Imaging, scattering, and spectroscopic systems for biomedical optics William J. Cottrell

ISBN: 9780549986195

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NOOKstudy eTextbook

213 pages


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Imaging, scattering, and spectroscopic systems for biomedical optics  by  William J. Cottrell

Imaging, scattering, and spectroscopic systems for biomedical optics by William J. Cottrell
| NOOKstudy eTextbook | PDF, EPUB, FB2, DjVu, audiobook, mp3, RTF | 213 pages | ISBN: 9780549986195 | 6.27 Mb

Optical advances have had a profound impact on biology and medicine. The capabilities range from sensing biological analytes to whole animal and subcellular imaging and clinical therapies. The work presented in this thesis describes three independentMoreOptical advances have had a profound impact on biology and medicine.

The capabilities range from sensing biological analytes to whole animal and subcellular imaging and clinical therapies. The work presented in this thesis describes three independent and multifunctional optical systems, which explore clinical therapy at the tissue level, biological structure at the cell/organelle level, and the function of underlying fundamental cellular processes.-First, we present a portable clinical instrument for delivering delta-aminolevulinic acid photodynamic therapy (ALA-PDT) while performing noninvasive spectroscopic monitoring in vivo.

Using an off-surface probe, the instrument delivered the treatment beam to a user-defined field on the skin and performed reflectance and fluorescence spectroscopies at two regions within this field. The instrument was used to monitor photosensitizer fluorescence photobleaching, fluorescent photoproduct kinetics, and blood oxygen saturation during a clinical ALA-PDT trial on superficial basal cell carcinoma (sBCC). Protoporphyrin IX and photoproduct fluorescence excited by the 632.8 nm PDT treatment laser was collected between 665 and 775 nm.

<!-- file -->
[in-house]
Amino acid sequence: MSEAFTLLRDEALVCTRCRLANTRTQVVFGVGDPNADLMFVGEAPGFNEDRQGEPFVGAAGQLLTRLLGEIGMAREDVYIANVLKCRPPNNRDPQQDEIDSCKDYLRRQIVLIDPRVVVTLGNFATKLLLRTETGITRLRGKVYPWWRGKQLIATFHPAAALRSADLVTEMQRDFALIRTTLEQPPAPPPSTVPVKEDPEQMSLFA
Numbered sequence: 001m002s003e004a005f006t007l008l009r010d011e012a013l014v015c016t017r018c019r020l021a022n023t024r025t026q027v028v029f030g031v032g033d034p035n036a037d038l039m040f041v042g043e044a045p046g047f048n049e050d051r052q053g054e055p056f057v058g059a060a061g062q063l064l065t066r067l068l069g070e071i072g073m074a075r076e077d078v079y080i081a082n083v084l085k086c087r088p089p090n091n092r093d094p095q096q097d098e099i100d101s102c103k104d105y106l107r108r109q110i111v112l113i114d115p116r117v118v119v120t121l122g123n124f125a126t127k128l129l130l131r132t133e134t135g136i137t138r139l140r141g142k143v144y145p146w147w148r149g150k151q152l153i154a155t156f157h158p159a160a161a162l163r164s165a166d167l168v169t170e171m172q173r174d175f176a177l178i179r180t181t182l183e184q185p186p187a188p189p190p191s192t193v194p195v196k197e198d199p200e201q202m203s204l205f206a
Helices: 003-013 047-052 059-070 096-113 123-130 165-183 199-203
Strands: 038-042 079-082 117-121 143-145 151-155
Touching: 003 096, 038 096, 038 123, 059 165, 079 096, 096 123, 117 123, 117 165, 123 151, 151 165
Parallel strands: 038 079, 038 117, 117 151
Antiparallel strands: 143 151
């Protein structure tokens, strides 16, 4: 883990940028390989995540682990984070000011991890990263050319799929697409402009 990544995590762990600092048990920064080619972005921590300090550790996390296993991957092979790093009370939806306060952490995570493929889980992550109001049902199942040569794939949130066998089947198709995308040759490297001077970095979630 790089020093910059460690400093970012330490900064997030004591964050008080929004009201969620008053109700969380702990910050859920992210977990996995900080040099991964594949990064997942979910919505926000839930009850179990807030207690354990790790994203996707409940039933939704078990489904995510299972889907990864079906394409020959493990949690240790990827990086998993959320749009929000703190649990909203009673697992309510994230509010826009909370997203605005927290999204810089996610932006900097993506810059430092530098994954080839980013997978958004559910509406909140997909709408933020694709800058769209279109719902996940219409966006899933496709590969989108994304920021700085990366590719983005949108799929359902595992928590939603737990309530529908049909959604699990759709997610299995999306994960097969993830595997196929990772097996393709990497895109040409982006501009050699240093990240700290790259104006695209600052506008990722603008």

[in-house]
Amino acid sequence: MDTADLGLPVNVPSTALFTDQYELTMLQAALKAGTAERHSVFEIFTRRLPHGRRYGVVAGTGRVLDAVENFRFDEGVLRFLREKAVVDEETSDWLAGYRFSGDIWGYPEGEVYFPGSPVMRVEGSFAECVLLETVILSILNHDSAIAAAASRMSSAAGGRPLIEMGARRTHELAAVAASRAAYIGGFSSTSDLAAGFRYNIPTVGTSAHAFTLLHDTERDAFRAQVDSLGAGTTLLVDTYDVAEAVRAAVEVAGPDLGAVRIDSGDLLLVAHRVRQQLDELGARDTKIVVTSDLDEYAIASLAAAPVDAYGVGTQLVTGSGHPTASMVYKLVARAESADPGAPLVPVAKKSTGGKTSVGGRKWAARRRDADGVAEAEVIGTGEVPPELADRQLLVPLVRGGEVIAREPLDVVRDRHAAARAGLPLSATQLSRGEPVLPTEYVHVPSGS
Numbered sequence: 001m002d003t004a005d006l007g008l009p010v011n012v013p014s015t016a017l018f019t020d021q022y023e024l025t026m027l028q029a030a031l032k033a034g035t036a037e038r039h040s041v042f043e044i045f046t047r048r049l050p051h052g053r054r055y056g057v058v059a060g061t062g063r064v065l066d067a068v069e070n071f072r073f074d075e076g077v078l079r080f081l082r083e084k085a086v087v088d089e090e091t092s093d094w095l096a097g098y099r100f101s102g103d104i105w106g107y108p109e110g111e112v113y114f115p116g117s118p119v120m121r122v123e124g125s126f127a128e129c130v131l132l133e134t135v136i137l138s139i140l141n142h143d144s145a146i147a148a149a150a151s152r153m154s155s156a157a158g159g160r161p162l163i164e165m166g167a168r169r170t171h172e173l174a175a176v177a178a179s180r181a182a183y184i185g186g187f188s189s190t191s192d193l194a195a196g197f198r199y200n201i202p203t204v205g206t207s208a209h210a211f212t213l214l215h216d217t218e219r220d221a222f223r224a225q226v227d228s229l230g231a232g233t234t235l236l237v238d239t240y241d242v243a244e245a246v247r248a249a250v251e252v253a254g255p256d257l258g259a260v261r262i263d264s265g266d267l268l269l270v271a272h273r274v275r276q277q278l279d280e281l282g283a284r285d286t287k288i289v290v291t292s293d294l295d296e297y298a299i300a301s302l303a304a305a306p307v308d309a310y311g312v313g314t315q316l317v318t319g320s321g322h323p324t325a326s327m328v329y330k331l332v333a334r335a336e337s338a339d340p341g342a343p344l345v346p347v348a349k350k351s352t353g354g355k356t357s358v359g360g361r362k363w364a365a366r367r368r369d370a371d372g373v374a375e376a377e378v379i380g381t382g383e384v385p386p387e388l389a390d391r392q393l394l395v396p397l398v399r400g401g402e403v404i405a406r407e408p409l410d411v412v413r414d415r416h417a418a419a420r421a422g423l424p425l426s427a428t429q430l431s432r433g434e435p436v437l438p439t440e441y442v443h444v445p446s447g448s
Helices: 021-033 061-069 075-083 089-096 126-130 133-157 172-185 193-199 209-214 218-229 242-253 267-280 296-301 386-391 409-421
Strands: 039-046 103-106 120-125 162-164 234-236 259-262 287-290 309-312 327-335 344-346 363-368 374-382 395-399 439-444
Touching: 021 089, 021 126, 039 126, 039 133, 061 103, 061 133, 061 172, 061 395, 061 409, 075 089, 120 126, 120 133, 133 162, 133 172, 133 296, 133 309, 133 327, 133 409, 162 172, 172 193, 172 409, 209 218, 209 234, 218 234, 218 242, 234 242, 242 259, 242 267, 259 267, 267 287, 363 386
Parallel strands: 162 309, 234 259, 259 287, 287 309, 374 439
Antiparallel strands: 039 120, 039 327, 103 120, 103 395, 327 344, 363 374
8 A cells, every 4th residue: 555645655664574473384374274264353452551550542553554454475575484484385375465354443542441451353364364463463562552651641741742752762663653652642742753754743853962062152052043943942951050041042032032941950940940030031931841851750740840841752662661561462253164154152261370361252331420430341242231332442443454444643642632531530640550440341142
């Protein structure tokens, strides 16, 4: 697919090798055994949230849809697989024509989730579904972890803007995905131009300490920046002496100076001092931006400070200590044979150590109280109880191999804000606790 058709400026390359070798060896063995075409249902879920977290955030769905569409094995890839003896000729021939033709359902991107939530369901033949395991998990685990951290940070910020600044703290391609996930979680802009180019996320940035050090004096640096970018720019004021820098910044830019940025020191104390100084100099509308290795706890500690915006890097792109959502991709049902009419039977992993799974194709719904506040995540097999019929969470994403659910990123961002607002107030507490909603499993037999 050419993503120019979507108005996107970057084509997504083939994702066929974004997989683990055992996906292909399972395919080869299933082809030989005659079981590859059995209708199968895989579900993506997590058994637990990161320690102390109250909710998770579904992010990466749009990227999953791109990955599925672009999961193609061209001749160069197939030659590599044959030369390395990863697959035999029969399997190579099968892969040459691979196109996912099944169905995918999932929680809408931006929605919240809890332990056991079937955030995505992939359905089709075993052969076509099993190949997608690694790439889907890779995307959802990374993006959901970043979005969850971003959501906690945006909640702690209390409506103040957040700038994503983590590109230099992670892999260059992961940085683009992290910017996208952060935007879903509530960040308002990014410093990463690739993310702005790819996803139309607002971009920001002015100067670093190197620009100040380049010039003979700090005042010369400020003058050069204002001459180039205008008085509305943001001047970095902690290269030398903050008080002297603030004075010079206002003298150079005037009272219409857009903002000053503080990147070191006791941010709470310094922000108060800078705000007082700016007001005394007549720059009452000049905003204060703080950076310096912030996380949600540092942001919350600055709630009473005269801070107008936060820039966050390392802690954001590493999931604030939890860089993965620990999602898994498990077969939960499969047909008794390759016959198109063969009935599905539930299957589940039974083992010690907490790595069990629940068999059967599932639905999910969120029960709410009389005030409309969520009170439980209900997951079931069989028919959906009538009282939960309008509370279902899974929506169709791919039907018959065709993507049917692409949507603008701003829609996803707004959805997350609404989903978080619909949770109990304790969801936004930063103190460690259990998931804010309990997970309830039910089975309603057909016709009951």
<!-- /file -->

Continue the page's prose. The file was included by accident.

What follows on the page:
During a series of brief treatment interruptions at programmable time points, white-light reflectance spectra between 475 and 775 nm were acquired. Fluorescence spectra were corrected for the effects of absorption and scattering, informed by the reflectance measurements, and then decomposed into known fluorophore contributions in real time using a robust singular-value decomposition fitting routine.

Reflectance spectra additionally provided information on hemoglobin oxygen saturation.-We next describe the incorporation of this instrument into clinical trials at Roswell Park Cancer Institute (Buffalo, NY). In this trial we examined the effects of light irradiance on photodynamic efficiency and pain.

The rate of singlet-oxygen production depends on the product of irradiance and photosensitizer and oxygen concentrations. High irradiance and/or photosensitizer levels cause inefficient treatment from oxygen depletion in preclinical models.

This trial established the irradiance-dependence of patient tolerability to ALA-PDT of sBCC and a pain-threshold irradiance, below which patients did not experience significant pain or require anesthetic. The irradiance-dependence of sensitizer photobleaching was also used to determine an optimal irradiance that maximized treatment efficiency. The optimal fluence at a single low irradiance is yet to be determined.-We additionally report the design, construction, and initial characterization of two optical systems used for cellular scattering measurements: a forward scattering white-light spectroscopy system used to characterize lysosomal refractive index and a multifunctional scattering and fluorescence microscope that exploited an angle-resolved forward-scattering geometry.

The multifunctional scattering and fluorescence microscope employed brightfield, Fourier-filtered darkfield, direct imaging of the Fourier plane, angle-resolved scattering, and white-light scattering spectroscopy while preserving a fluorescence imaging channel.-Lastly, we report on the development of a microscope-based system used for high-powered, focal laser photolysis. This system was used with cell-permeable caged messenger molecules and analyte specific fluorophores to provide local stimulation of intact cells and subsequent analyte monitoring.

This provided a high-precision, non-invasive means for studying Ca2+ dynamics between cell types and between sub-cellular regions within a single cell type. The resulting studies compared the mechanisms underlying the Ca2+ signal globalization in these individual exocrine cell types and under regional messenger release.



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